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Surface Greenhouse Gas Balance: Woodlands vs. Pastures
Livesley, S.J., Kiese, R., Miehle, P., Weston, C.J., Butterbach-Bahl, K. and Arndt, S.K. 2009. Soil-atmosphere exchange of greenhouse gases in a Eucalyptus marginata woodland, a clover-grass pasture and Pinus radiata and Eucalyptus globulus plantations. Global Change Biology 15: 425-440.

The authors write that "soils provide the largest terrestrial carbon store, the largest atmospheric CO2 [carbon dioxide] source, the largest terrestrial N2O [nitrous oxide] source and the largest terrestrial CH4 [methane] sink, as mediated through root and soil microbial process," and that "a change in land use or management can alter these soil processes such that net greenhouse gas exchange may increase or decrease."

What was done
Seeking to determine how the emission and absorption of these three greenhouse gases differ between forests and pastures, Livesley et al. "measured soil-atmosphere exchange of CO2, N2O and CH4 in four adjacent land-use systems (native eucalypt woodland, clover-grass pasture, Pinus radiata and Eucalyptus globulus plantation) for short, but continuous, periods between October 2005 and June 2006 using an automated trace gas measurement system near Albany in southwest Western Australia."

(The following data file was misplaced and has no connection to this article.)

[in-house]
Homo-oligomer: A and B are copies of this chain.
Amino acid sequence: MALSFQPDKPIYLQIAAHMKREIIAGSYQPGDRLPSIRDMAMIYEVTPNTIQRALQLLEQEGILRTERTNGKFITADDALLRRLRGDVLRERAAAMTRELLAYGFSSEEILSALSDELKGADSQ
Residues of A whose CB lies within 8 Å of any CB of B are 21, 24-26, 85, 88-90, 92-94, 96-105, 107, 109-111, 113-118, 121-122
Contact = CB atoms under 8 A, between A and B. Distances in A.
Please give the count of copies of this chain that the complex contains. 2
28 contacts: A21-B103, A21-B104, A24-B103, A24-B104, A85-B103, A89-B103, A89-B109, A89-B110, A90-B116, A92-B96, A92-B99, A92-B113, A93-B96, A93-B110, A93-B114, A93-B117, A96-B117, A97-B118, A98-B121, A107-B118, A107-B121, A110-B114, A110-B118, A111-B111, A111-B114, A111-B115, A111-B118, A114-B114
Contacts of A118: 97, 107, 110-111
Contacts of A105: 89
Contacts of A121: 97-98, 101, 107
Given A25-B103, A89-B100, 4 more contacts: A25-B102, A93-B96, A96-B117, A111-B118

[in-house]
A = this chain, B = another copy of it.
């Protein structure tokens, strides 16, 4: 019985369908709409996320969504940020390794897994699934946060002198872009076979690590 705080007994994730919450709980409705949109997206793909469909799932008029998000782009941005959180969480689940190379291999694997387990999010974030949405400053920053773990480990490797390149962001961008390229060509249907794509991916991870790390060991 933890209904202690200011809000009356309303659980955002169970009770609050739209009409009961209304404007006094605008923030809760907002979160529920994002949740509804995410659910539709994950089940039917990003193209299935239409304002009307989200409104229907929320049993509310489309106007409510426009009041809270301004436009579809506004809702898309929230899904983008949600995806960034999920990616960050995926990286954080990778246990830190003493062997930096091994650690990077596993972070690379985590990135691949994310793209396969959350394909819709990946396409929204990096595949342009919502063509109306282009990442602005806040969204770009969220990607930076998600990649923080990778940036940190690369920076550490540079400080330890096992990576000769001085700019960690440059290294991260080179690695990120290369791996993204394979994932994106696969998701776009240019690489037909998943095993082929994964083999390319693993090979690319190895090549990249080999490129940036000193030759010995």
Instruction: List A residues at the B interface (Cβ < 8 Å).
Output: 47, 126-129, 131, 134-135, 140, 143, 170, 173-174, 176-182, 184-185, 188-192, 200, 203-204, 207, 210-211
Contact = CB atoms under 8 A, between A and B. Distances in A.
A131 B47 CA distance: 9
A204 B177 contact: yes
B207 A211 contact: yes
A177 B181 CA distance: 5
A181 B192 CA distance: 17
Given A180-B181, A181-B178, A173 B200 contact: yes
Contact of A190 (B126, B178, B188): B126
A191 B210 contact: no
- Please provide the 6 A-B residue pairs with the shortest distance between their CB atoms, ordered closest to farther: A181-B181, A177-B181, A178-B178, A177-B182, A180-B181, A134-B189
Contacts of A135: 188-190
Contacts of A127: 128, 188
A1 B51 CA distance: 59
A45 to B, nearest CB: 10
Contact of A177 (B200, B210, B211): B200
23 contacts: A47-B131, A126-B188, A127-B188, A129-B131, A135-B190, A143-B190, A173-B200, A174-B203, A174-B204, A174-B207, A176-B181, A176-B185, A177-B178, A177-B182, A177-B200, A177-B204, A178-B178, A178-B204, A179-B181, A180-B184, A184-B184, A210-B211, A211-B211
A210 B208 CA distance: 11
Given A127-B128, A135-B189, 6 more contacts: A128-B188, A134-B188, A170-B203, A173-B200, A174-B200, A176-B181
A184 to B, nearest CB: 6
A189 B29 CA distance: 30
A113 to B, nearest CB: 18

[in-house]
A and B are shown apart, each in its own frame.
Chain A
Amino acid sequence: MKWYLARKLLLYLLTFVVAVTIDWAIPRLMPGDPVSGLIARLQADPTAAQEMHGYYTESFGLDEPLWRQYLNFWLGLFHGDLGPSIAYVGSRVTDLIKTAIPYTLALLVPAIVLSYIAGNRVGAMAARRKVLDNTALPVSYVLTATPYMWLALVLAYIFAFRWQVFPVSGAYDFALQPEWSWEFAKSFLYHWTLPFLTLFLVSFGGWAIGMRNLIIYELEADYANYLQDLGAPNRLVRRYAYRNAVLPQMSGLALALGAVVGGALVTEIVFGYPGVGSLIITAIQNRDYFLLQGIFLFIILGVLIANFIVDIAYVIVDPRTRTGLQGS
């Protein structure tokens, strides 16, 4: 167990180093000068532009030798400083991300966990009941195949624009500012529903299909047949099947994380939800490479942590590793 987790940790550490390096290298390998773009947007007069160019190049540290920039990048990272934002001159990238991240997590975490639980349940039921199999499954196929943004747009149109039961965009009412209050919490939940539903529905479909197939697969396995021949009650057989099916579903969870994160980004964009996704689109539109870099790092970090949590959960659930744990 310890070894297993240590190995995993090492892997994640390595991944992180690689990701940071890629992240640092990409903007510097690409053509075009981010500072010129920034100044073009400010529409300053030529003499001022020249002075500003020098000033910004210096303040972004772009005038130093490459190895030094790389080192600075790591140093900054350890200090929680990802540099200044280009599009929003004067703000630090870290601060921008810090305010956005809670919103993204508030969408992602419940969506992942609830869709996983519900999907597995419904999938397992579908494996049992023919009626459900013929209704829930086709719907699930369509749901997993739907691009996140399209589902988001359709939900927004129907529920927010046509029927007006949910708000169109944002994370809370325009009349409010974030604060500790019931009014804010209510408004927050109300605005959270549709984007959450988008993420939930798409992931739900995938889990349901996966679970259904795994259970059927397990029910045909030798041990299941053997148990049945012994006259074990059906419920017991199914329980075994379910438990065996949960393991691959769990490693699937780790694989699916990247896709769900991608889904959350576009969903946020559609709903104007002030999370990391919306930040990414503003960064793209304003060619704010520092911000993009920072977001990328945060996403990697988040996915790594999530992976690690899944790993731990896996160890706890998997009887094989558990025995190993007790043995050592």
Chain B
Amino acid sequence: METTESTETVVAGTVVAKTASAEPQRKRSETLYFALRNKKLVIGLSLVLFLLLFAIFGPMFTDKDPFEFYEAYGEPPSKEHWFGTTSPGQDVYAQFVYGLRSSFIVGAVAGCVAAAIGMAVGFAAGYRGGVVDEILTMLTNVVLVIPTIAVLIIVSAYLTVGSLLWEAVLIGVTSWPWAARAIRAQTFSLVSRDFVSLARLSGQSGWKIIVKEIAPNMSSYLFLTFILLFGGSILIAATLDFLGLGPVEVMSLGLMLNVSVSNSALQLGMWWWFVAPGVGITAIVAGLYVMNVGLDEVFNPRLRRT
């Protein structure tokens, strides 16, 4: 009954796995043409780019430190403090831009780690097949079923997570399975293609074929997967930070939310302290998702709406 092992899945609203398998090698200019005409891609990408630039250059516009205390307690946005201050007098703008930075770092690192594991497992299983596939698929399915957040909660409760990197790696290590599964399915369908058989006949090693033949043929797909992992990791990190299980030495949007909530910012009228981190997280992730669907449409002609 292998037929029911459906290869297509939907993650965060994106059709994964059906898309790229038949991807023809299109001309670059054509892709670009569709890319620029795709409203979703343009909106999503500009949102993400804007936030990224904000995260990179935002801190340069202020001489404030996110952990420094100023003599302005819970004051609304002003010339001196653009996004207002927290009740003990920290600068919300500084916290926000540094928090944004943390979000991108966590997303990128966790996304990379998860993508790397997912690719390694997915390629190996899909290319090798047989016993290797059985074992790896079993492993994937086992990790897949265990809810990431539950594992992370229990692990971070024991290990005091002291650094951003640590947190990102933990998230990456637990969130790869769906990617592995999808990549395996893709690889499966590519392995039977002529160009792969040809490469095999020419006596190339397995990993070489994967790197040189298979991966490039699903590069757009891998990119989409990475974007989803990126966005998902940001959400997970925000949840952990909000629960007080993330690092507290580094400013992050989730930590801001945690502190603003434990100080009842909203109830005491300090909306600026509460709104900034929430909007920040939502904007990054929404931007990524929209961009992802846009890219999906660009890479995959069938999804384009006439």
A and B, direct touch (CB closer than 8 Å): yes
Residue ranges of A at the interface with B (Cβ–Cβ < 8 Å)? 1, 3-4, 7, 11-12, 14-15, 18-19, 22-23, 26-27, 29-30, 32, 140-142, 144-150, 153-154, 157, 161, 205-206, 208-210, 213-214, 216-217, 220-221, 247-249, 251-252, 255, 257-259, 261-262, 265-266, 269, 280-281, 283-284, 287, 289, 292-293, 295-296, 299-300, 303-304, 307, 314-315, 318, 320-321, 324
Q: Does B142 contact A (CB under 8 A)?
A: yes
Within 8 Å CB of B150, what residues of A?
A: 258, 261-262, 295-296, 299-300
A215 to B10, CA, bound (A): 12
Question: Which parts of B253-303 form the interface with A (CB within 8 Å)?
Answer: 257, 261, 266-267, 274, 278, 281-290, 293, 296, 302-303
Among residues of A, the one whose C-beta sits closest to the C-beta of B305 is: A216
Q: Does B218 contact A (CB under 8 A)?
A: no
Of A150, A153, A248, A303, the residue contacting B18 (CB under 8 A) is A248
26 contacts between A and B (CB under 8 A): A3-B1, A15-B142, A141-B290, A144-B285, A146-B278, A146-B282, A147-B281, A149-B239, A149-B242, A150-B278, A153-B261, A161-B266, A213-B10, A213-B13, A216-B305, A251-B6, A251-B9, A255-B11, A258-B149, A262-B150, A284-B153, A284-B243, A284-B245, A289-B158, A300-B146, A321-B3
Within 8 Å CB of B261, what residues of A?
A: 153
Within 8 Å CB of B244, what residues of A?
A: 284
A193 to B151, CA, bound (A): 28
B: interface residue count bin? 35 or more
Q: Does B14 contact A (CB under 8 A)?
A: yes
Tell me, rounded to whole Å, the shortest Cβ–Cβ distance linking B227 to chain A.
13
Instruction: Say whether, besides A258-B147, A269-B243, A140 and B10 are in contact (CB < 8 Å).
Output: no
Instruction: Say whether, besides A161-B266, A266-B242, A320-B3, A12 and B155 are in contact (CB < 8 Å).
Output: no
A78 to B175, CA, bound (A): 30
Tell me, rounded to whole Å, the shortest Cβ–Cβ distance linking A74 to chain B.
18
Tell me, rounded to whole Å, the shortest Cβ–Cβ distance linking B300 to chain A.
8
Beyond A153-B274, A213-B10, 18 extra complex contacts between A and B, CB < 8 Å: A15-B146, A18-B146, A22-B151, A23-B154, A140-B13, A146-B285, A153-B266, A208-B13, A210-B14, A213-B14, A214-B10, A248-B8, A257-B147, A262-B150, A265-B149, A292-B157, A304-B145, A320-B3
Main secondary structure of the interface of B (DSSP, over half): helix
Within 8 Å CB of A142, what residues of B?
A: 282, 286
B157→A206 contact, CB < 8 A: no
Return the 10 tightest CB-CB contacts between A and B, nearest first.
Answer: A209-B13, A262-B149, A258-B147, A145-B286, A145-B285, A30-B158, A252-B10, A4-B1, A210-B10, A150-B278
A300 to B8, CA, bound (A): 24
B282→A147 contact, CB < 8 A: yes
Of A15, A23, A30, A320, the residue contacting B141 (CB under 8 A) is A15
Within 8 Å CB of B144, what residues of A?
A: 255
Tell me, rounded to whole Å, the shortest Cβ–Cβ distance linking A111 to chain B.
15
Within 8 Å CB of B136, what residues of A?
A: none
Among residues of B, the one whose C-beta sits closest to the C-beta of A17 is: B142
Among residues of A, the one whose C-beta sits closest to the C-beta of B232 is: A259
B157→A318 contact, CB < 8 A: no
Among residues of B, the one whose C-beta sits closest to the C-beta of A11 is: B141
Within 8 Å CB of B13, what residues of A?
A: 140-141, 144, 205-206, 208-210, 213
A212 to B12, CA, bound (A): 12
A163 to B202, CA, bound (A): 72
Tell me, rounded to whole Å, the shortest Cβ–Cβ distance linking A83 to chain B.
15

What was learned
The six scientists discovered that soil N2O emissions were more than an order of magnitude greater in the pasture than in the natural and managed forests, while soil CH4 uptake was greatest in the native woodland, even though the measured rates of uptake there were, as they describe it, "still small when compared with many other studies on native forest soils worldwide." At the other end of the spectrum, they determined that the pasture soil had the least soil CH4 uptake (a mean of 17% of that in the native woodland) and that it was an occasional CH4 source, "possibly related to its greater soil water status, greater soil nitrogen status and possible differences in soil microbial community structure." In between these two extremes, they found that "afforestation with pines or eucalypts increased CH4 uptake to 32% and 43% of that in the native woodland, respectively." As for CO2, they noted the obvious fact that "it is widely accepted that afforestation leads to an increase in carbon sequestration through tree biomass growth."

What it means
Putting these several observations together, Livesley et al. say their study confirmed "there is a triple greenhouse-gas benefit from afforestation of pasture systems," noting that in addition to carbon sequestration via tree biomass, "there is a decrease in N2O emissions because of lower nitrogen inputs and a tighter nutrient cycling, and an increase in CH4 uptake by forest soils."

Reviewed 29 April 2009